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Triumph TR5/6

Triumph TR5/6 Published: 8th Aug 2016 - 0 Comments - Be the first, contribute now!

Triumph TR5/6
Triumph TR5/6
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Macho looks backed by brawny straight-six power makes the TR5 – and the more popular TR6 – a budget Big Healey possessing all the character yet at less cost. There’s a healthy choice backed by an excellent network of clubs and specialists. Believe us, you’ll never regret buying one.


The TR5 and 6 took on a new character once that enlarged Triumph 2000 engine was slotted in with fuel injection, giving the TR a performance it always lacked as only a big straight six can do, although, the handling suffered due to the heavier mass up front. Touring is what these TRs are better at where overdrive makes the going easy, as does the IRS taken from the TR4A, although the sad cacophony of squeaks, rattles and crashes always gives away the car’s post-war roots.

Best models

Condition counts more than the pre-1972 150bhp output, which in the real world isn’t appreciably notable plus the later tune provides better flexibility (as does a swap to carbs as many now are). Not all cars came with overdrive or hard tops. US cars have detuned engines, running on more reliable carbs. For 1974, the gear ratios were aligned with those fitted to the Stag and overdrive was made standard while a subtle front spoiler aided highspeed stability. Better seats after 1970.


Prices are now on the march for these beefy pair of Brits and some specialists talk of £30,000 tags for top TR6s and well over 40 grand for the rarer TR5. For the less well heeled, a decent TR6 with an MoT that won’t require too much work to keep it in presentable order should be available for around £10,000 but will need some work to make it nice. Some TR experts recommend you either spend a few grand on a basket case to restore properly or pay top dollar for a top car as anything in between (as many are) is a real danger area.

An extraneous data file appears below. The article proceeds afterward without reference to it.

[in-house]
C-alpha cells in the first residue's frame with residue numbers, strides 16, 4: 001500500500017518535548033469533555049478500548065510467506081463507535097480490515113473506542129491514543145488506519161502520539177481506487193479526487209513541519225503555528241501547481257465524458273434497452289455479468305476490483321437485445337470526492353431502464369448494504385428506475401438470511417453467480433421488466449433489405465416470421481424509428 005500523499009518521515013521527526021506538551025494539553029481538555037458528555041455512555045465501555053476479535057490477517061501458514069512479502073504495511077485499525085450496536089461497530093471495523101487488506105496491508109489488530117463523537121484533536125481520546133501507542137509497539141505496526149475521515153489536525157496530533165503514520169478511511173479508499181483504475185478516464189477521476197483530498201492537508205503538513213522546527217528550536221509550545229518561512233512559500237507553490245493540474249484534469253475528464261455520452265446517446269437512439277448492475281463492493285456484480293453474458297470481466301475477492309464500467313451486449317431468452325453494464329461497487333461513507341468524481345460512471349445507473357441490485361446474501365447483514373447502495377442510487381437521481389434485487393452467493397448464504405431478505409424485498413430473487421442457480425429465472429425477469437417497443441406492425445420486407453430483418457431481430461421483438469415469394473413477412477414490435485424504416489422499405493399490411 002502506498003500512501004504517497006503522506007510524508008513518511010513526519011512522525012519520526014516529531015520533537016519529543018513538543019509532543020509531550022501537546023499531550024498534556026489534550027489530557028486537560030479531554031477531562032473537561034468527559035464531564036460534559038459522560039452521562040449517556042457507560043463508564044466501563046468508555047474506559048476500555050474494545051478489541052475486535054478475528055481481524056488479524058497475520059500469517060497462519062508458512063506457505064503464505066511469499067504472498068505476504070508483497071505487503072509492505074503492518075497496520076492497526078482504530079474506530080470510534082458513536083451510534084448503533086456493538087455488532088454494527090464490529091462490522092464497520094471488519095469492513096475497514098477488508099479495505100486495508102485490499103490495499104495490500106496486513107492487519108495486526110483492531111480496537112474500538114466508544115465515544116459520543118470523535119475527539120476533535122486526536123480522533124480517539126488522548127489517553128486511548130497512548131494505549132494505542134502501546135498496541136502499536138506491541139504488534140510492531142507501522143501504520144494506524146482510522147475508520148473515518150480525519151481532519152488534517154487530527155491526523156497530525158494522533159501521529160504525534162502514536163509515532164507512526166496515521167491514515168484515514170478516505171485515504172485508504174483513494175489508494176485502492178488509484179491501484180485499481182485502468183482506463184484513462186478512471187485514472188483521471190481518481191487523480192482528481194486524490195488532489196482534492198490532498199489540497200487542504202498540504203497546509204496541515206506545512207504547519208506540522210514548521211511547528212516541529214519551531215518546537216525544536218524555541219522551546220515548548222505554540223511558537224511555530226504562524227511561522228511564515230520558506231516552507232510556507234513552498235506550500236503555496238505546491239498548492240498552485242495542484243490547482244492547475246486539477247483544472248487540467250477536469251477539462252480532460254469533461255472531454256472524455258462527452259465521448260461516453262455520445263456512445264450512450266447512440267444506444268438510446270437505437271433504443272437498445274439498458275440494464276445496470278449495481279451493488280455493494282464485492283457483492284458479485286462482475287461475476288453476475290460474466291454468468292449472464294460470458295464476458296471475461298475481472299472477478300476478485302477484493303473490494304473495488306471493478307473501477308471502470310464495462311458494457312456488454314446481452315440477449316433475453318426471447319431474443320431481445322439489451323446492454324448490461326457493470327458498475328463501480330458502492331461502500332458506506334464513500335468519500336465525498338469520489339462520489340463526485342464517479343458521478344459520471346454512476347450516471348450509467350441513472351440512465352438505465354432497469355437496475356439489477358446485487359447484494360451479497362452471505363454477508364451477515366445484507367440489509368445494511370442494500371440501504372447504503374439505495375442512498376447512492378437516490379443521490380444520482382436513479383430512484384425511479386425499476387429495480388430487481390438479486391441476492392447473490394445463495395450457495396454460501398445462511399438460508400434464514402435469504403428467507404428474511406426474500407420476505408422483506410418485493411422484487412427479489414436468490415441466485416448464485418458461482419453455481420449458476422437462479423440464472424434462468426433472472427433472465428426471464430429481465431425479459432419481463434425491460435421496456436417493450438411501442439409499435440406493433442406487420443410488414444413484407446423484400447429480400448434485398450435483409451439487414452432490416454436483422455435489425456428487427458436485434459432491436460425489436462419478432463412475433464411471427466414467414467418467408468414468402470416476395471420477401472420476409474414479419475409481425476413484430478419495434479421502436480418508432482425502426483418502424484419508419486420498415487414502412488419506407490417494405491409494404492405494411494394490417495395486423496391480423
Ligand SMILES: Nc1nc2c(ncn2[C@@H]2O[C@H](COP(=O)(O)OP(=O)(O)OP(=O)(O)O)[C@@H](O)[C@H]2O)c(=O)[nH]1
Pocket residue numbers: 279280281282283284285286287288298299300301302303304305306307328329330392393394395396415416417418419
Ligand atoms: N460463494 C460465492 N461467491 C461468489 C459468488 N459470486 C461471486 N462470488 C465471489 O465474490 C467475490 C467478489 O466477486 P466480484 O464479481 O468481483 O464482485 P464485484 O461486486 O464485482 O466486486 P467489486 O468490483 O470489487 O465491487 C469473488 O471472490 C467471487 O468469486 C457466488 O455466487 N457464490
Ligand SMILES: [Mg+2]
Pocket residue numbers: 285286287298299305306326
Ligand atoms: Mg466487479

If you don’t want the hassle of restoring a banger but have a limited budget, then why not consider an ex-pat? US TRs can be had for around £5-£10,000 cheaper than an equivalent UK car.

Buying advice

The vast majority went to the US so a RHD car may well be a convert so it’s always a good move to check the offside suspension and chassis extra carefully for ‘sideswipe’ damage. The chassis frame is suspect for rot around the axle and suspension mounting points. On all cars it’s at the front wishbones while, at the rear, the area to watch concerns the suspension. A good test is to jack the car up and watch for the door gaps to alter. Other rusty regions include floors, inner wings, jacking points, steering rack locating points and the sills and B posts (where the seat belts are located!).

New frames are available and BMH can supply most body panels although stopped making complete shells some ten years ago. The six is robust apart from head gasket failure and that old Triumph foible of worn crank thrust washers. The days of fearing the PI have long gone and a good expert knows all the wrinkles for reliable operation, which when good can fuel over 200bhp. The suspension is little different to a TR4A although the front brakes are slightly smaller. If overdrive is retro fitted, this usually means the rear axle ratio is incorrect (i.e. too high) although matters little. And if the overdrive is playing up then it’s mostly small electrical issues rather than a major fault.


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